* * *
That’s what I see in my mind’s eye as I think of this motherless 8-year-old, in desperate poverty of family, not to mention his physical poverty. Perhaps that’s why my favourite item in Compassion’s gift catalogue is the gift of caring for a waiting child. When children are registered with Compassion, the quest starts to find them a sponsor, so they need their picture taken. Perhaps they don’t own a pair of shoes, but I’ve never known Compassion to photograph a child barefoot. I have every confidence they’d want to make provision for these children until such time as they have a sponsor. If people give generously to you this Christmas, perhaps helping Compassion to care for a waiting child is one way you could give something back.

Just a thought.

5-Minute Friday: Adore

Judging from something I’ve read this morning, I think you and I need to ask ourselves the question: Why are we adoring? Because it might be that Jesus doesn’t want just any adoration.

In Mark chapter 5, a man with demons in him is cured by Jesus. Jesus allows the demons to enter a herd of two thousand pigs. The pigs then rush down the hillside into the lake and drown. What? Why did Jesus do that?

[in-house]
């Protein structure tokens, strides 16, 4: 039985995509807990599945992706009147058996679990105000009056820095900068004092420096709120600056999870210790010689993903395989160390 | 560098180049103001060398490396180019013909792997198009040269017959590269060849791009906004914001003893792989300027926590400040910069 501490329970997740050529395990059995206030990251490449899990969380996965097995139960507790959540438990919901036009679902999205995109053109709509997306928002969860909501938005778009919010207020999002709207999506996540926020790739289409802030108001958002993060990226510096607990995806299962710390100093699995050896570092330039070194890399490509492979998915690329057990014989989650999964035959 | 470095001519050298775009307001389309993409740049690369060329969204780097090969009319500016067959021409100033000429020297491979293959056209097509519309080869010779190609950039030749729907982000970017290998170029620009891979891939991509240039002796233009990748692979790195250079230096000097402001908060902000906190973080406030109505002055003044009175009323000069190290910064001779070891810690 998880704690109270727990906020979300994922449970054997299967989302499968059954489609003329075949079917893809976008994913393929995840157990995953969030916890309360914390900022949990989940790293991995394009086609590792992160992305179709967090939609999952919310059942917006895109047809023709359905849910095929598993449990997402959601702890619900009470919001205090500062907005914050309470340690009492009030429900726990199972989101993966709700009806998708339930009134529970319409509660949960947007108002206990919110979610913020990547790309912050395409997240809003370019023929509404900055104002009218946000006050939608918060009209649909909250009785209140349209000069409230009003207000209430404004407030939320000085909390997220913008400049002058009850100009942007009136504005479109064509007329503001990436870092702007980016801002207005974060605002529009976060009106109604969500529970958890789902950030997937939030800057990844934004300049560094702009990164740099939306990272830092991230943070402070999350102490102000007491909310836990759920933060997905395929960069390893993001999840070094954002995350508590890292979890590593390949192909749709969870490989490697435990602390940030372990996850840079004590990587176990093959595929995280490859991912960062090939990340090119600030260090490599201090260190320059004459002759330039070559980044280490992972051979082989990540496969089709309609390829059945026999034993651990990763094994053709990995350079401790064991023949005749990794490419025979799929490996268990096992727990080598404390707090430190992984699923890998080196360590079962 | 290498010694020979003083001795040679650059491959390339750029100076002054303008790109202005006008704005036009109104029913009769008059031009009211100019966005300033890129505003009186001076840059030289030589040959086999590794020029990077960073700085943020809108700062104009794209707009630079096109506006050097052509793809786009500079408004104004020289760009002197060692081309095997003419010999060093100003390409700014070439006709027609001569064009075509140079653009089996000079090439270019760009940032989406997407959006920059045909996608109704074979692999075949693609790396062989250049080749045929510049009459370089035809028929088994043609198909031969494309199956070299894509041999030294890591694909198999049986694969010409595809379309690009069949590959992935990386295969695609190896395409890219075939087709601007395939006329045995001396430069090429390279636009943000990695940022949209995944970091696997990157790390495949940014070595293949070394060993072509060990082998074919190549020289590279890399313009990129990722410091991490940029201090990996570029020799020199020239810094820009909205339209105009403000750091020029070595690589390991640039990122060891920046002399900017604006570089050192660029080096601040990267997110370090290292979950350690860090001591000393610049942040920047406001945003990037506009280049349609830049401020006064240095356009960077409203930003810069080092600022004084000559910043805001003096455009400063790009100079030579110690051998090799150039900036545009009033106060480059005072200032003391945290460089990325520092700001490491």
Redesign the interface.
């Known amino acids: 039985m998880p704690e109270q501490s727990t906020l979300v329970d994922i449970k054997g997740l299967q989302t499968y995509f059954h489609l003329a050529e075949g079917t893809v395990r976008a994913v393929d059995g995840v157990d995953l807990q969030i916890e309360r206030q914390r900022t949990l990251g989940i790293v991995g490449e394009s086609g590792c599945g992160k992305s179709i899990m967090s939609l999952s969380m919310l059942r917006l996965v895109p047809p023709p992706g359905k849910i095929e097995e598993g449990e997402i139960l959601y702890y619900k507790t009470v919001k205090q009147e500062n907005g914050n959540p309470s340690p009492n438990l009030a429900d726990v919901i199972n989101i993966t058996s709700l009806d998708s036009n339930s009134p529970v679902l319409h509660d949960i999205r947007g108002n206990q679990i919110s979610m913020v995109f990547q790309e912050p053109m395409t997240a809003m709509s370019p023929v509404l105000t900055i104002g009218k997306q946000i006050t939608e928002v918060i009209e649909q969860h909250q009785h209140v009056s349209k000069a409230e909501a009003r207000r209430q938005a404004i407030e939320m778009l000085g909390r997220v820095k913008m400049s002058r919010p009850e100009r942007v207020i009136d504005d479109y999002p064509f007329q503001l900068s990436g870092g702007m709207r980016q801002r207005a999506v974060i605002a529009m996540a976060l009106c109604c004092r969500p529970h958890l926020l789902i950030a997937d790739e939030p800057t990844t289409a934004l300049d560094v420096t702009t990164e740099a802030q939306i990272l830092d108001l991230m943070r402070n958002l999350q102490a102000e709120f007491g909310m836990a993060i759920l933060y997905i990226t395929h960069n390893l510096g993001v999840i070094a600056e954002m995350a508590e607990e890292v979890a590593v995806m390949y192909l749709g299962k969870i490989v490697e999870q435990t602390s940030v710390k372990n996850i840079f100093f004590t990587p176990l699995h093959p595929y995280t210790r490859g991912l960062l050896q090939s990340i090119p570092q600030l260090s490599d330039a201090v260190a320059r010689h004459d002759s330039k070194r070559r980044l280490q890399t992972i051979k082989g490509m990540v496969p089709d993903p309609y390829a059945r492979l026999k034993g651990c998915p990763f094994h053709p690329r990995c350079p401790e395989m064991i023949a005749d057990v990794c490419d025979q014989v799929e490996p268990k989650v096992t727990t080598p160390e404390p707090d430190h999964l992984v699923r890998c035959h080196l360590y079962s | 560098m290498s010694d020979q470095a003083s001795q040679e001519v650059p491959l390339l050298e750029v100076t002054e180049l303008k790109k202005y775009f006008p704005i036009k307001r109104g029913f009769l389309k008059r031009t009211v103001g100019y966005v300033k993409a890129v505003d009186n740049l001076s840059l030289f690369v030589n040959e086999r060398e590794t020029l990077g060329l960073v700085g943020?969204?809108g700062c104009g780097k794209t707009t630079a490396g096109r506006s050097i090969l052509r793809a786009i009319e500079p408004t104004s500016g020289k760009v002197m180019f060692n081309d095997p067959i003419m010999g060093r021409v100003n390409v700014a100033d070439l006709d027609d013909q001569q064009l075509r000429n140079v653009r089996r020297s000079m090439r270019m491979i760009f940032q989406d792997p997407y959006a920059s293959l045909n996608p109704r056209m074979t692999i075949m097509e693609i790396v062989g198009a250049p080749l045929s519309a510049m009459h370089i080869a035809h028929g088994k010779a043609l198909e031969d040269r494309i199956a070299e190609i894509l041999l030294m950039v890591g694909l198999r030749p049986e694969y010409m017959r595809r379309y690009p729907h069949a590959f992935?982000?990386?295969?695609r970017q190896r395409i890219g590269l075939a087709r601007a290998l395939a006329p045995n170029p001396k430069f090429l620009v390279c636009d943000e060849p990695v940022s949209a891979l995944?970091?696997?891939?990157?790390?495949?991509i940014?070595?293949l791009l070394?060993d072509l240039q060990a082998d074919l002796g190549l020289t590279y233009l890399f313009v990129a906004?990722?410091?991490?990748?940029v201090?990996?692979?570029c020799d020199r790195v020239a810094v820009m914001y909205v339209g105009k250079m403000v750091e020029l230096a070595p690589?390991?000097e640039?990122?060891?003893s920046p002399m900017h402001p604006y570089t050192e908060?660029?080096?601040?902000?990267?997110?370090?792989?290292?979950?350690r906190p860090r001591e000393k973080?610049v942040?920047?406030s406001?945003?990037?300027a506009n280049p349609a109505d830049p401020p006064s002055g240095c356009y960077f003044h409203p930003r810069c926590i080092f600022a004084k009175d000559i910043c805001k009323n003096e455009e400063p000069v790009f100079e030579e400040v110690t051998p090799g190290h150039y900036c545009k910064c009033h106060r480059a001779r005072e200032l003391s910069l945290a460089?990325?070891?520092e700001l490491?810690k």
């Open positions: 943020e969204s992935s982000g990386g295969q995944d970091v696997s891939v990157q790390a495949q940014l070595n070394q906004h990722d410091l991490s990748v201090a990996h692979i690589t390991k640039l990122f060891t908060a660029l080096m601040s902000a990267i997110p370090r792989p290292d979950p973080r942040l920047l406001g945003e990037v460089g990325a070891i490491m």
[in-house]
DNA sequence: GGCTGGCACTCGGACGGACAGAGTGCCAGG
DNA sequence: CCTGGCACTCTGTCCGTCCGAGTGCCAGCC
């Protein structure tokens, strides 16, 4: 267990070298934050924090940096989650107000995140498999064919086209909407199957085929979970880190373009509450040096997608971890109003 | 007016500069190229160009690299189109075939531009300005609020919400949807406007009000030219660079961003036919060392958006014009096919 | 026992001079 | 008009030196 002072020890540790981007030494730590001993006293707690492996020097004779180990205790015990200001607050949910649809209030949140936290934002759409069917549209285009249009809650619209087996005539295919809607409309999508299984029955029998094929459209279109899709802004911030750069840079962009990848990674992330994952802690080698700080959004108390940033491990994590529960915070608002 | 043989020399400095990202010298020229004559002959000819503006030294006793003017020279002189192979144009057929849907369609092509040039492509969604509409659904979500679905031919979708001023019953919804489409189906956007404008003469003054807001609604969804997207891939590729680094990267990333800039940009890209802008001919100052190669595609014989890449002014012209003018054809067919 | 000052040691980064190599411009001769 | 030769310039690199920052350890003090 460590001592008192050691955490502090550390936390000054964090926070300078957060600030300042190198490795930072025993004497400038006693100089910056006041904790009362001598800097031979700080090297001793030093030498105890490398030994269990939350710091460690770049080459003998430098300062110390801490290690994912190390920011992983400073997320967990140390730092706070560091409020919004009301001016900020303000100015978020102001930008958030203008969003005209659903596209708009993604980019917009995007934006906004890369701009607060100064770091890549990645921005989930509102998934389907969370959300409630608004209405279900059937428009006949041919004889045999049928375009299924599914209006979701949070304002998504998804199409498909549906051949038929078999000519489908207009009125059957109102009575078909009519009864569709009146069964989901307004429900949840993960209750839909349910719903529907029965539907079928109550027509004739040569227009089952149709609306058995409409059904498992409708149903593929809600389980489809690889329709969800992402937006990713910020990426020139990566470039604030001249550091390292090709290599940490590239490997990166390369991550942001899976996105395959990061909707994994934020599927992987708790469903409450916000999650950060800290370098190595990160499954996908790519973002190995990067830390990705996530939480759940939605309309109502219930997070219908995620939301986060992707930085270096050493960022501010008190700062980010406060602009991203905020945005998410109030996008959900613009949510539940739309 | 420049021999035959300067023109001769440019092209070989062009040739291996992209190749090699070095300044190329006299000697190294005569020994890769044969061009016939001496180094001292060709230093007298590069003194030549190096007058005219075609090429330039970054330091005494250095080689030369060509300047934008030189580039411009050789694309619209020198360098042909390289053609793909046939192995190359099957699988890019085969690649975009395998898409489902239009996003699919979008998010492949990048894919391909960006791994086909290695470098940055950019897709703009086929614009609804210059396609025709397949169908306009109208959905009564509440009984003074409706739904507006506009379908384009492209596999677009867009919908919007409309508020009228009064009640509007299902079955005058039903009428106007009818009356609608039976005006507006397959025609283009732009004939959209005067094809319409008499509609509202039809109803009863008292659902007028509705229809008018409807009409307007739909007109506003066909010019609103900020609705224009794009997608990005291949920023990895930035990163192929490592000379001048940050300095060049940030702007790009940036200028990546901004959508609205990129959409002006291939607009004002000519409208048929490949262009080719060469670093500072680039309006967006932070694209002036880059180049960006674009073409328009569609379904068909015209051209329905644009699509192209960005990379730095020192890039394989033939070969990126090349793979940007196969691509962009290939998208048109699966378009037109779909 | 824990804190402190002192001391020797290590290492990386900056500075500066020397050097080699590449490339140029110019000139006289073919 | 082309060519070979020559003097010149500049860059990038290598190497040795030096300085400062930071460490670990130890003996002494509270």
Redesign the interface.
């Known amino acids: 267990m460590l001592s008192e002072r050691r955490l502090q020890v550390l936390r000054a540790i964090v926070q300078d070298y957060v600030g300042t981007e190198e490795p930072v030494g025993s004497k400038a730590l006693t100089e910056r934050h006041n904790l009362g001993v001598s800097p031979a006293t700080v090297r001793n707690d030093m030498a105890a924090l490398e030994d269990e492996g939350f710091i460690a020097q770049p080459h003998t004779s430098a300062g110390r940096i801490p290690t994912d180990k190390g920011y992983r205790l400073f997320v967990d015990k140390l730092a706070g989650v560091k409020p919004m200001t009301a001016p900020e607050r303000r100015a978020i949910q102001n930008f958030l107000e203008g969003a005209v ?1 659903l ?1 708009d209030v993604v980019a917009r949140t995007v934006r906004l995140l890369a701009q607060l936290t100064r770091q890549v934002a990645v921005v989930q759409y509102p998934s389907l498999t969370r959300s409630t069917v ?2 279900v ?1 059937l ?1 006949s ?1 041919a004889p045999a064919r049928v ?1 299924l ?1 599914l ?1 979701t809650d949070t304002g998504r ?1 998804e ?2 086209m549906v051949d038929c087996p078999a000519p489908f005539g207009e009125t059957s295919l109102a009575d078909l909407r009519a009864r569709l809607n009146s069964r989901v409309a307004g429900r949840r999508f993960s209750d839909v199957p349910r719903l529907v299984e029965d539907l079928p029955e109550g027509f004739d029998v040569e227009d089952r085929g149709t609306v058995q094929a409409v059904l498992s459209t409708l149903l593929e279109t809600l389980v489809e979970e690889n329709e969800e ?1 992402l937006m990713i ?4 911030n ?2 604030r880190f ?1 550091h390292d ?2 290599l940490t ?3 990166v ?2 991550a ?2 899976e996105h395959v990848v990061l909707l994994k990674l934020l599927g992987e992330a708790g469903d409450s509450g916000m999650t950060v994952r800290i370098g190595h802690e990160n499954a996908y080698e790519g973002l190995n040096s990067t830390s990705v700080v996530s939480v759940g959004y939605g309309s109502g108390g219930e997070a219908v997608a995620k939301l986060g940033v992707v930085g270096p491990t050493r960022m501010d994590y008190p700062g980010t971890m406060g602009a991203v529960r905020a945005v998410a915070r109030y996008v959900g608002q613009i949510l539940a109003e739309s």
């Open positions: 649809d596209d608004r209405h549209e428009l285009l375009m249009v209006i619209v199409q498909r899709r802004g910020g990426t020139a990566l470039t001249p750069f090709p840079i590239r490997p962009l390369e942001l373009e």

I remember worship-leader Godfrey Birtill pointing out that the people begged Jesus to leave because, after seeing their livelihood destroyed, they feared the change to their routine. Could it be that if the pigs had stayed alive, everyone would have latched on to Jesus? He would have become the next big thing, with everyone following Him because of what He did, but Jesus never wanted to be just the next big thing.

I don’t think He wants to be adored for the things He does, so let’s instead adore Him for who He is.

Before the World Began

I saw a nativity on Facebook this afternoon. It was performed by some kids at a church in New Zealand. I liked it because of the way God was portrayed – compassionately looking at all the wrongdoing on earth; being sad that He was so far away from His kids; making a plan to step in; letting the angels sing because His heart was touched by their love for Jesus. It was incredibly sweet, but as I thought about it afterwards, I realised it was missing something.